The scent of symbiosis: gut bacteria affect social interactions in leafcutting ants [article]

Serafino Teseo, Jelle van Zweden, Luigi Pontieri, Pepijn Kooij, Soren J. Sorensen, Tom Wenseleers, Michael Poulsen, Jacobus J. Boomsma, Panagiotis Sapountzis
2018 bioRxiv   pre-print
Animal gut microbiota affect host physiology and behaviour. In eusocial Hymenoptera, where colony-level integrity is preserved via a nestmate discrimination system based on cuticular hydrocarbon mixtures, microorganismal effects may influence social dynamics. Although nestmate recognition has undergone a thorough exploration during the last four decades, few studies have investigated the putative role of gut microbes. Here we integrate metagenomic, chemical and behavioural approaches to test
more » ... ther gut microbes affect nestmate recognition in Acromyrmex echinatior leaf-cutting ants. Treating workers with a sterile diet or with antibiotics resulted in a substantial alteration of their gut microbial communities. In pairwise social interactions, untreated vs. antibiotic-treated nestmates behaved more aggressively than other nestmate and non-nestmate pairs, suggesting that the suppression of microbes indirectly alters chemical social cues and triggers aggressive behaviour. Chemical analyses on treated individuals revealed a decrease in the abundance of two metapleural gland antifungal compounds, and we confirmed the correspondence between aggression levels and chemical profile differences. Feeding microbiota-remodelled ants with conspecific faecal droplets partially restored the original bacterial communities. Furthermore, non-nestmates fed with faecal droplets from different colonies were unusually aggressive compared to pairs fed with faecal droplets from the same colony. This suggests that chemicals derived from microbial strains may shape nestmate recognition, opening novel questions about the role of microorganisms in the evolution of social behaviour.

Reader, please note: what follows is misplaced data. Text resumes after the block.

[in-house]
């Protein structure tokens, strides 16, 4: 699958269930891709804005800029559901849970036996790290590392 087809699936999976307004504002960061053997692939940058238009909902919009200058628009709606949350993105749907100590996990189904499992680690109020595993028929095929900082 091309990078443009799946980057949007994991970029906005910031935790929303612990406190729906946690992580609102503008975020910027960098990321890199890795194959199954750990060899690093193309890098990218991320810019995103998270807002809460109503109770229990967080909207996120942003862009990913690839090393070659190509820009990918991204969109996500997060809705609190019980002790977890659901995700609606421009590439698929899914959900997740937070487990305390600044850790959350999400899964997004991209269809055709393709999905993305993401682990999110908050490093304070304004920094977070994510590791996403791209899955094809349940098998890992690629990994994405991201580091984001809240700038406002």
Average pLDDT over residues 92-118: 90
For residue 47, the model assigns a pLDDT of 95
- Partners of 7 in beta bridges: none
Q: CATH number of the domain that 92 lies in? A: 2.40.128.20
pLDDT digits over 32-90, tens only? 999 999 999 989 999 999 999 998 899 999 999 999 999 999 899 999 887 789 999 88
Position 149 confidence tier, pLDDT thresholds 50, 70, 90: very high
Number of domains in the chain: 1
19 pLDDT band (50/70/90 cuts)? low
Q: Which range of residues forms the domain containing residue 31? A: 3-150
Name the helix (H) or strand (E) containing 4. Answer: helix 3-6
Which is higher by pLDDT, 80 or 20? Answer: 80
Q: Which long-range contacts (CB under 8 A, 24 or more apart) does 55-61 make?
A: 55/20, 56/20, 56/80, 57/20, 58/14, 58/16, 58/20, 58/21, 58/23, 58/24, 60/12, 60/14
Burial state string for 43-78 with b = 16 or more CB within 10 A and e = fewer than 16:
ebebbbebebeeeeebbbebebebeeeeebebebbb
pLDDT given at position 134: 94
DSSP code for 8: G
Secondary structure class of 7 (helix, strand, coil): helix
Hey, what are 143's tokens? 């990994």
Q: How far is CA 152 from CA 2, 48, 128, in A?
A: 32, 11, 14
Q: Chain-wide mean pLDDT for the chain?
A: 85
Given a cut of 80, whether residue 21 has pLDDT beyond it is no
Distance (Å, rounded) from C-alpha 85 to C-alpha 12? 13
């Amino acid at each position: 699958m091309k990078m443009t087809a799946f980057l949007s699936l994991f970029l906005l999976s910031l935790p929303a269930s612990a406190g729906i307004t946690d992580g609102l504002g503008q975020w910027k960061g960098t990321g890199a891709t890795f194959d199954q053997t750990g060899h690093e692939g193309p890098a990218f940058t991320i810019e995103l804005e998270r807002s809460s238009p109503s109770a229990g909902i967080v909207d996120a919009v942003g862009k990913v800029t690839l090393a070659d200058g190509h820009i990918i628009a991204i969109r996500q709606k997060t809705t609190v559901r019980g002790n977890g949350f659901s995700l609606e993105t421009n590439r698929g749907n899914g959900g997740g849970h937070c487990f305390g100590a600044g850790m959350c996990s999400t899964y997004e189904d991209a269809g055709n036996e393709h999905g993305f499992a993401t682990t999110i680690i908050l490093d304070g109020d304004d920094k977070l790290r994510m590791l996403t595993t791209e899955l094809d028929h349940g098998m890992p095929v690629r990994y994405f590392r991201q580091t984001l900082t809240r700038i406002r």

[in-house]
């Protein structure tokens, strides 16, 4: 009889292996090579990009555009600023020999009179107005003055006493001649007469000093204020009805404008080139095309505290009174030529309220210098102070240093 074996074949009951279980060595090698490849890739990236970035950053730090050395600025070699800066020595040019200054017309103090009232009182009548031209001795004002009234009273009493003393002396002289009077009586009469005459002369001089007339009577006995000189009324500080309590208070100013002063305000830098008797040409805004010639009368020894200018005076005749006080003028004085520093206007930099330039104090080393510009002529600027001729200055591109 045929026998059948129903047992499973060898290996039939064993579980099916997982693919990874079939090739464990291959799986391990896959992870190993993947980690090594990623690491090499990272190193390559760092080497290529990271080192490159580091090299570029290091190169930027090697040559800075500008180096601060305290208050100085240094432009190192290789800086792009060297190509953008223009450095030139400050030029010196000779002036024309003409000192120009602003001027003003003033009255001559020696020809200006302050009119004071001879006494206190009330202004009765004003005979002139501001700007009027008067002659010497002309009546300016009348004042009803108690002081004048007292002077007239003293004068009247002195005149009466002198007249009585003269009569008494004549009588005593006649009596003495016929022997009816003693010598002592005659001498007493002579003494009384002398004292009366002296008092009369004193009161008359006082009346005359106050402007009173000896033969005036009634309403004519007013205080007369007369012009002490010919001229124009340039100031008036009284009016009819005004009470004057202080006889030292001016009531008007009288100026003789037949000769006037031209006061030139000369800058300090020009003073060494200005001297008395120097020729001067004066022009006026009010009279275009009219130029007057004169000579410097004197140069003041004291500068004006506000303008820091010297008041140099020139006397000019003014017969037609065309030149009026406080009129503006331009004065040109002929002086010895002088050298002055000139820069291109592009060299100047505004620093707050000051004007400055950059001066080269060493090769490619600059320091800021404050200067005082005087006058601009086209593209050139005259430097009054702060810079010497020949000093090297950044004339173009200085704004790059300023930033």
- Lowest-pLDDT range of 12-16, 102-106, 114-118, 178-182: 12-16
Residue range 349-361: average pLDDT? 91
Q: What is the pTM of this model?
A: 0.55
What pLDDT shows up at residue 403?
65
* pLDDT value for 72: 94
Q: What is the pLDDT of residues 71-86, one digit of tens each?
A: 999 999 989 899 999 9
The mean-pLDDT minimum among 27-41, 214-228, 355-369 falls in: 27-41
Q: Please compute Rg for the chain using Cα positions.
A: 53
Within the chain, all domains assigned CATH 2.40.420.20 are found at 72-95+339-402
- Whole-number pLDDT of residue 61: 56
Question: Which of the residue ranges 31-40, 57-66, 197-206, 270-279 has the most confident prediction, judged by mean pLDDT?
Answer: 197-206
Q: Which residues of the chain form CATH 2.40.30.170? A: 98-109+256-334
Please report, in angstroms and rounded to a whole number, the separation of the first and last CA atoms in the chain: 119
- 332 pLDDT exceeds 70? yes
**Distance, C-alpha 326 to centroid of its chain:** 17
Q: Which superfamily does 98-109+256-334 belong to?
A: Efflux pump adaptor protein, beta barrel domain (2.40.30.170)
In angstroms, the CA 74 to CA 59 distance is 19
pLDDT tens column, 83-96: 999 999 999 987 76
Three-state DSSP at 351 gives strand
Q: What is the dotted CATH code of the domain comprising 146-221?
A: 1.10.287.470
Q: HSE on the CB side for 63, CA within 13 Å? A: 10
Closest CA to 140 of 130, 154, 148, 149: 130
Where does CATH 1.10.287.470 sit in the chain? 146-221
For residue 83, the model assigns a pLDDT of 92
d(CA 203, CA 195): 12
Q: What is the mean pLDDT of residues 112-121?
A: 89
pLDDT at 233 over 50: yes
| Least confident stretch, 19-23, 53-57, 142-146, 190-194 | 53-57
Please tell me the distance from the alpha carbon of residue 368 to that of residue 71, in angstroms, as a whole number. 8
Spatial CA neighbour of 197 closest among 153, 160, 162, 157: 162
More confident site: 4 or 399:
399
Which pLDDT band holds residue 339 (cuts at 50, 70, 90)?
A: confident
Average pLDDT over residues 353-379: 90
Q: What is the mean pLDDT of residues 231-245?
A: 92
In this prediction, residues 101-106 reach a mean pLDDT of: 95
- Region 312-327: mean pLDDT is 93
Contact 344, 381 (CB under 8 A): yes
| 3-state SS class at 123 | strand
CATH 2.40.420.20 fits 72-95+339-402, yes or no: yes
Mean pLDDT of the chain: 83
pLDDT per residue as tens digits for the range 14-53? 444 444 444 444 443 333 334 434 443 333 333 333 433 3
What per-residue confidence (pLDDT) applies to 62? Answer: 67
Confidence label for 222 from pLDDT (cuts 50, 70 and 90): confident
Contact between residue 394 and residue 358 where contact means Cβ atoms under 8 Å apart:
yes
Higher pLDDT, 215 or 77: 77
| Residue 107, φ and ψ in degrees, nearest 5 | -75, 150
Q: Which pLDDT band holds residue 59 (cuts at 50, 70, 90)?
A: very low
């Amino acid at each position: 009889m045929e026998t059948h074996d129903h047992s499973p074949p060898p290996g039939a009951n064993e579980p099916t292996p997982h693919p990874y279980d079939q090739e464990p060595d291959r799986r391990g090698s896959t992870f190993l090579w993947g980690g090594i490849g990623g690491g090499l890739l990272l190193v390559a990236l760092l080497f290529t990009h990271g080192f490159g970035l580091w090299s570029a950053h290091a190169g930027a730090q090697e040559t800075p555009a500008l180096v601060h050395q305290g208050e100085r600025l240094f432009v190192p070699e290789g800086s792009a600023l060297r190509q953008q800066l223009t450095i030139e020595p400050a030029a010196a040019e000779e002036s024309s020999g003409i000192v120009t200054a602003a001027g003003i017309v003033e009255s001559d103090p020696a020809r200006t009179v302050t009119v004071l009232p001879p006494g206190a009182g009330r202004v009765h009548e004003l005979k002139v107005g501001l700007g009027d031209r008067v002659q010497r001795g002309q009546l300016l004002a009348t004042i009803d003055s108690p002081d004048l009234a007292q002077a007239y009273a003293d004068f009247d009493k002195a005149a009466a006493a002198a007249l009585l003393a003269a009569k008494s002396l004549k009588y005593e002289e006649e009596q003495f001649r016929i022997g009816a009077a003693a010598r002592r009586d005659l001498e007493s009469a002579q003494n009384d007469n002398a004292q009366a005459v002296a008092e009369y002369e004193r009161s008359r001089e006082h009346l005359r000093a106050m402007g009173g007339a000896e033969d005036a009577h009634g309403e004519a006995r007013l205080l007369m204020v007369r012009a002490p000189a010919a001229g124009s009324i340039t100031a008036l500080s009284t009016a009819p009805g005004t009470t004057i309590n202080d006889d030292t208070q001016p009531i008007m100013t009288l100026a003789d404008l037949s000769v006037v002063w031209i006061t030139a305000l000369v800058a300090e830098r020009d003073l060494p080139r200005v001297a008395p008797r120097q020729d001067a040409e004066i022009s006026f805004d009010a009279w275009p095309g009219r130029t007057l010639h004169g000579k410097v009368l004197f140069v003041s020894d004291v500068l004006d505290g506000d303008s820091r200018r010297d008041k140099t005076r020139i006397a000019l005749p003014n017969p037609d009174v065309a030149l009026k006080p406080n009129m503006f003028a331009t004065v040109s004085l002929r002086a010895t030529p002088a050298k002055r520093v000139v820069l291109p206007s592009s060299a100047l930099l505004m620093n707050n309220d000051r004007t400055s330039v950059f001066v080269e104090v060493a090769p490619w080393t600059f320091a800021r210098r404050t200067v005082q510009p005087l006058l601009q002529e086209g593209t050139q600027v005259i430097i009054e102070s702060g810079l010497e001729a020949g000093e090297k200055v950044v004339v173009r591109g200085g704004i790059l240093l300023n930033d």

doi:10.1101/335521 fatcat:atdoecnfu5gf5iry3w24secyfa